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Biket: When business has a deeper meaning

Education is the foundation of development. This fact has not been refuted once throughout the world’s history: from the Pharaonic civilization to the Mayan surreptitious culture, and from the British colonies to the American empire. The story replicates itself over and over again. Any civilization commences as a group of people who can barely feed themselves through primitive ways, and then through accumulative knowledge, they identify new ways to prosper and grow.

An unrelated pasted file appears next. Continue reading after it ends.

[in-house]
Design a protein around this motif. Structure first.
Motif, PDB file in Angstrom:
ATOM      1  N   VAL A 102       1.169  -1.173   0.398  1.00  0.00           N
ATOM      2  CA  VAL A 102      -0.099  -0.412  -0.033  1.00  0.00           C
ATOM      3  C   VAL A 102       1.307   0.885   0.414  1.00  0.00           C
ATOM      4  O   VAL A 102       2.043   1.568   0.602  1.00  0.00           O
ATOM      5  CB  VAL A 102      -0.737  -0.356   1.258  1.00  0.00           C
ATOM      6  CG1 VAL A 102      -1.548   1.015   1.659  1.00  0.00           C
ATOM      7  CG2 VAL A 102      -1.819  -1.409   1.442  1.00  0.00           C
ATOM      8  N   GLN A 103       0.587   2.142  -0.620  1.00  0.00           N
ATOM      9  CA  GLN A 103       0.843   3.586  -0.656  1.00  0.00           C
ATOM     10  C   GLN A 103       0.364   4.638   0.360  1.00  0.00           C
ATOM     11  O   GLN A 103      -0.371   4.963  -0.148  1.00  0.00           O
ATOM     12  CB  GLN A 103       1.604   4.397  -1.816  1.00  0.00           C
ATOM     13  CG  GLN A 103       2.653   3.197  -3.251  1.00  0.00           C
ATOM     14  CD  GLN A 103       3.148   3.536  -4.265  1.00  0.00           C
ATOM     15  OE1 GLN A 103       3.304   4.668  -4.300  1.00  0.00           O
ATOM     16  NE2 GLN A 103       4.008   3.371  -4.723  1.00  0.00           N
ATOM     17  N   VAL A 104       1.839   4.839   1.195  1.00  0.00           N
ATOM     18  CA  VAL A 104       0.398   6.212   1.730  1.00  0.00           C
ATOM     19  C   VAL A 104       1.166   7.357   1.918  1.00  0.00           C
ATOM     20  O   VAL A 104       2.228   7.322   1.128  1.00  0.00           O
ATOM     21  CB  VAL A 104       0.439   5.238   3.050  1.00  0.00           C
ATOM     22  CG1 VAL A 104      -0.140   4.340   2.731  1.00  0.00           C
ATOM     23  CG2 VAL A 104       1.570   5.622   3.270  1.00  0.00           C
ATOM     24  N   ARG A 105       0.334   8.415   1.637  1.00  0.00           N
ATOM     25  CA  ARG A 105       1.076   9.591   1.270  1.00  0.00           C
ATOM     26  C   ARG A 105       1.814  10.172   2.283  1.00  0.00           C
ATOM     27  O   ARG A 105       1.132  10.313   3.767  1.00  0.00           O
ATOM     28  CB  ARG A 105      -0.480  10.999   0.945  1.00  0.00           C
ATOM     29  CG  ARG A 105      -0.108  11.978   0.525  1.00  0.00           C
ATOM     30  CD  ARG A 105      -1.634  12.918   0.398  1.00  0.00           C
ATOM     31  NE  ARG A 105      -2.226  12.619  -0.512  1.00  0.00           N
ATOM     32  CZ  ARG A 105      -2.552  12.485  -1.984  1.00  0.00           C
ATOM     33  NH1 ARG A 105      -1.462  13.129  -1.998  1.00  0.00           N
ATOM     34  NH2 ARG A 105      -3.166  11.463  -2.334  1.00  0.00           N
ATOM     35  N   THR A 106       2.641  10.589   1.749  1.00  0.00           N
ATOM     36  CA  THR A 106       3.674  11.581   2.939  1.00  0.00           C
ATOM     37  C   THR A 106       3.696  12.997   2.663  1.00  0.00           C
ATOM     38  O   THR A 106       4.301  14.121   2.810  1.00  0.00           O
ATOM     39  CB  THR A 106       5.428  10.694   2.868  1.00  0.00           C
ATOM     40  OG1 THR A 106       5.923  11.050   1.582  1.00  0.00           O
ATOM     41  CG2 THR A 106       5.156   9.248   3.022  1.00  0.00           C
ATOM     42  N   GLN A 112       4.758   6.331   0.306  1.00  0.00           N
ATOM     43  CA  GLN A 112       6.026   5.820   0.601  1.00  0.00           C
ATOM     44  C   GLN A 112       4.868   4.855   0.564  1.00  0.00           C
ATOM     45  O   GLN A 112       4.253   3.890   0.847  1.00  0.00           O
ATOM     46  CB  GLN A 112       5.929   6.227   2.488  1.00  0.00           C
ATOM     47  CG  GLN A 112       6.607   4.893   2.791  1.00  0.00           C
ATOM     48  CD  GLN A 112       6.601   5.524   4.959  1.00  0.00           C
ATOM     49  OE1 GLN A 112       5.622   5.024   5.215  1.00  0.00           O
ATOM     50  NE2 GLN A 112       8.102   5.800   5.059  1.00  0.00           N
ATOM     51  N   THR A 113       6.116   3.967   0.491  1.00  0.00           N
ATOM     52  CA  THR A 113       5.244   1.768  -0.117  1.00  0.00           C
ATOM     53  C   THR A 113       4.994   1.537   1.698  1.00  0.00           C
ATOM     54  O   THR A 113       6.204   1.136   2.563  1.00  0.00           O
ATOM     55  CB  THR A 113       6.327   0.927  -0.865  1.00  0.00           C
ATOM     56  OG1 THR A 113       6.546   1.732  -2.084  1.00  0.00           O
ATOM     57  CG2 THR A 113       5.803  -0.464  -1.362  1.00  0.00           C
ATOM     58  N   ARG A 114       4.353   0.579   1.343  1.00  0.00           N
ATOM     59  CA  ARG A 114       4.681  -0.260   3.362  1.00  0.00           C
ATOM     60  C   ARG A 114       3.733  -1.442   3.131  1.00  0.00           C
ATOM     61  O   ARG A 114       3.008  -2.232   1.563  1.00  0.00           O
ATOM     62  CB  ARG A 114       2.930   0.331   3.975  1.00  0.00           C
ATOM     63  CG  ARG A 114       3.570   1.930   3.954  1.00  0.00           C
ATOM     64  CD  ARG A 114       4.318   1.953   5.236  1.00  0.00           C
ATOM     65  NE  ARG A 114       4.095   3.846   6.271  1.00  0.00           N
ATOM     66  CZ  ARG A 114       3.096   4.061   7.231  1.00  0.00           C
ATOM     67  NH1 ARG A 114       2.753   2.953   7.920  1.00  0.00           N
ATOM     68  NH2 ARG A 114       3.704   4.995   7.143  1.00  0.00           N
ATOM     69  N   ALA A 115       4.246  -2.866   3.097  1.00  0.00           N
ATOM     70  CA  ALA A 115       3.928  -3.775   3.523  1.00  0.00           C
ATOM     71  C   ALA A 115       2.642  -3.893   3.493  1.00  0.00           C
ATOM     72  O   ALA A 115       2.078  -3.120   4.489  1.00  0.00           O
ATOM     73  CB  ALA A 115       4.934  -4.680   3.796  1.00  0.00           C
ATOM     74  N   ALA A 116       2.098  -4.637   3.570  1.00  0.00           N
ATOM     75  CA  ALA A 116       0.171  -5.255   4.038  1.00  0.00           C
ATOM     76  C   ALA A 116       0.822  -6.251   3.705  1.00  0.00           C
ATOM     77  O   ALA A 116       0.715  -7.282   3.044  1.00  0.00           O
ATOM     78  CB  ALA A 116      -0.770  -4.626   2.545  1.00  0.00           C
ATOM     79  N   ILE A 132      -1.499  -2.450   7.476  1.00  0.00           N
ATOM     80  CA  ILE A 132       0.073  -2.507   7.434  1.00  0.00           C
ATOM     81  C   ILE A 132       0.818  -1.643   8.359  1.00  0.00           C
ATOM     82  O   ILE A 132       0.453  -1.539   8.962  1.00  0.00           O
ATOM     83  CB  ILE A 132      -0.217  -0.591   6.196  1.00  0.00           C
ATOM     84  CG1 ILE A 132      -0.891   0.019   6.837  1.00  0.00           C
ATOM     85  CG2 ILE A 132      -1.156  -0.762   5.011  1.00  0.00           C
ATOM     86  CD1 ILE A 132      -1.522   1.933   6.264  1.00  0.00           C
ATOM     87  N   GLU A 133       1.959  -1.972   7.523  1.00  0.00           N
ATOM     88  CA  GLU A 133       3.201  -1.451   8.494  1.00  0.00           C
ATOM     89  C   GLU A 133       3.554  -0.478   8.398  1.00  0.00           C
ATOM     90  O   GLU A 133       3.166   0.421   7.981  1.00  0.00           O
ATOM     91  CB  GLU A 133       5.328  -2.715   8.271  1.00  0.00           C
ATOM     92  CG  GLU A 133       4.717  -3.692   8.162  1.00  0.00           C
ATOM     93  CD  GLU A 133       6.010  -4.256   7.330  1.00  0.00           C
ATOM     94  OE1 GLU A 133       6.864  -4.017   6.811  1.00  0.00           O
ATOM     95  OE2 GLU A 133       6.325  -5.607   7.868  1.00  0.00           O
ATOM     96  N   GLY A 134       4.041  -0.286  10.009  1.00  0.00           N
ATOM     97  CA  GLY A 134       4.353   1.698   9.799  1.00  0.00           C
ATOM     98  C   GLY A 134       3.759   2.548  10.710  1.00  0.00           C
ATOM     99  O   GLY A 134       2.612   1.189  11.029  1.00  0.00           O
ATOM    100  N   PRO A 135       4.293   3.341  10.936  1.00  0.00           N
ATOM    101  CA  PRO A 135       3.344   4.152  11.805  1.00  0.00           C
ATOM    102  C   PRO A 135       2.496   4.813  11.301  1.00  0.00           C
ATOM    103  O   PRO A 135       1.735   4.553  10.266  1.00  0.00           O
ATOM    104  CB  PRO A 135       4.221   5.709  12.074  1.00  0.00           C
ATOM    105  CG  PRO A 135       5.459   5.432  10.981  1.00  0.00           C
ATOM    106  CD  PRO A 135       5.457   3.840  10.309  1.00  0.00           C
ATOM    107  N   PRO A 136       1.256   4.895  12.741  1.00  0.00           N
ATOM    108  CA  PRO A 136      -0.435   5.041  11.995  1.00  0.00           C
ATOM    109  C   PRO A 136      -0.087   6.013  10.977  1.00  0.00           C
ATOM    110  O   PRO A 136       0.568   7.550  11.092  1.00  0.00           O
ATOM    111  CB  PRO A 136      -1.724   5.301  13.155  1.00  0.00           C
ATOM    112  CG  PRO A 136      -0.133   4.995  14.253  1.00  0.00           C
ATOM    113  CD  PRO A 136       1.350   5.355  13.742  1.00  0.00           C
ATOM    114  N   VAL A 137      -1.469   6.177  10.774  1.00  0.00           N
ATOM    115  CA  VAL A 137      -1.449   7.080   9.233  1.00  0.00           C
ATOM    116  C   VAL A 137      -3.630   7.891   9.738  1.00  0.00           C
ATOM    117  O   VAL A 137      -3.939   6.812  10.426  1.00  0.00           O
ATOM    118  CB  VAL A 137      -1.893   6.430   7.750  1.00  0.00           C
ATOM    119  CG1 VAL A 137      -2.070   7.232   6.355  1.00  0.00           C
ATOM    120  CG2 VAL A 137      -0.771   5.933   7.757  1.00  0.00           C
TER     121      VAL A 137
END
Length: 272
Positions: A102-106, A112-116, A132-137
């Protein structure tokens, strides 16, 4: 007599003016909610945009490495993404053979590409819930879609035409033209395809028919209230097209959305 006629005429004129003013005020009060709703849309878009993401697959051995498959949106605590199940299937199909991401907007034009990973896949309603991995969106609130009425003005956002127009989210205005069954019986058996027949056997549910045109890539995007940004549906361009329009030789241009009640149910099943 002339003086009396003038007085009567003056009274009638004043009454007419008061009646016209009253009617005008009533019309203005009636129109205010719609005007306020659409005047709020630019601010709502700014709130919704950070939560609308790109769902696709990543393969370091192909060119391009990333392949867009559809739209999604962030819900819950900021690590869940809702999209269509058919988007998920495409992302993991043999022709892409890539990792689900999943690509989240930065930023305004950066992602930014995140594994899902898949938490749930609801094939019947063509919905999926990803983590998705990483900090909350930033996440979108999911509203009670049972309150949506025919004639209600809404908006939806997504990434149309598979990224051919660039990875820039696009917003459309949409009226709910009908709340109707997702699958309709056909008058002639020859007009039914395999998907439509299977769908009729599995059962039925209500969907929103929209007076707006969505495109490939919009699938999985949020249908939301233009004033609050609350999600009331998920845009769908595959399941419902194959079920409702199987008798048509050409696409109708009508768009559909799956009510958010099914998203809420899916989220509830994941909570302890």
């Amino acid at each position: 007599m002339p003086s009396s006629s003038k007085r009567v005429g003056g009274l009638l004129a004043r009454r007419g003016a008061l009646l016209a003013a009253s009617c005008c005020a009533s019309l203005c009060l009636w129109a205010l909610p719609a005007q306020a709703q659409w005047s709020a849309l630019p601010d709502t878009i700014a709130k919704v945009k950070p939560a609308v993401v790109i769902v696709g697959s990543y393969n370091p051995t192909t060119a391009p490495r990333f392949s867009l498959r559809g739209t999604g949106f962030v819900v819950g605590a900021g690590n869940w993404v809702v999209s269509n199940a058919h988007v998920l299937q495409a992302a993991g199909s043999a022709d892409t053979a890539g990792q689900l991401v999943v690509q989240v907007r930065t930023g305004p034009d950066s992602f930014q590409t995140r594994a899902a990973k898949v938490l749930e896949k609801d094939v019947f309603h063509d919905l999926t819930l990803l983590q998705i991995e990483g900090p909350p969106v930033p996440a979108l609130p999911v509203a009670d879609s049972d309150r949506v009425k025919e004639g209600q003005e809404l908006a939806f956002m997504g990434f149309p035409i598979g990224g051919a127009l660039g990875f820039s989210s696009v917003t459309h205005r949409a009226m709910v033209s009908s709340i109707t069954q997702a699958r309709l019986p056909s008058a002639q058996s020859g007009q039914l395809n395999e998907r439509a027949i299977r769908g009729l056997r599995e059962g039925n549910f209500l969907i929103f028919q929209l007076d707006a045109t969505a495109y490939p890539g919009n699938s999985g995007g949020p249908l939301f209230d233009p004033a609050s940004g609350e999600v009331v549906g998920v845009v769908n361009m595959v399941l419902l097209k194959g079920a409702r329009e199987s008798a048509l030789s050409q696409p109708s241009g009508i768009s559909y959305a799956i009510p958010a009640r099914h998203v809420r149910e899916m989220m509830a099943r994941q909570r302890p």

The Sub-Saharan African continent is no exception. Countries like Mali are still trapped back by its ignorance-evidenced by the relatively low literacy rates (only 26% literate) – from the rest of the civilized world. Despite the abundance of natural resources that these African countries hide beneath their grounds, they have failed to match developed countries like Japan which is bestowed a small area of non-arable land and some fish! The basic principles of economics are exemplified in this case: raw materials and land remain inanimate, non-valuable objects without the co-existence of labor and capital. Read the rest of this entry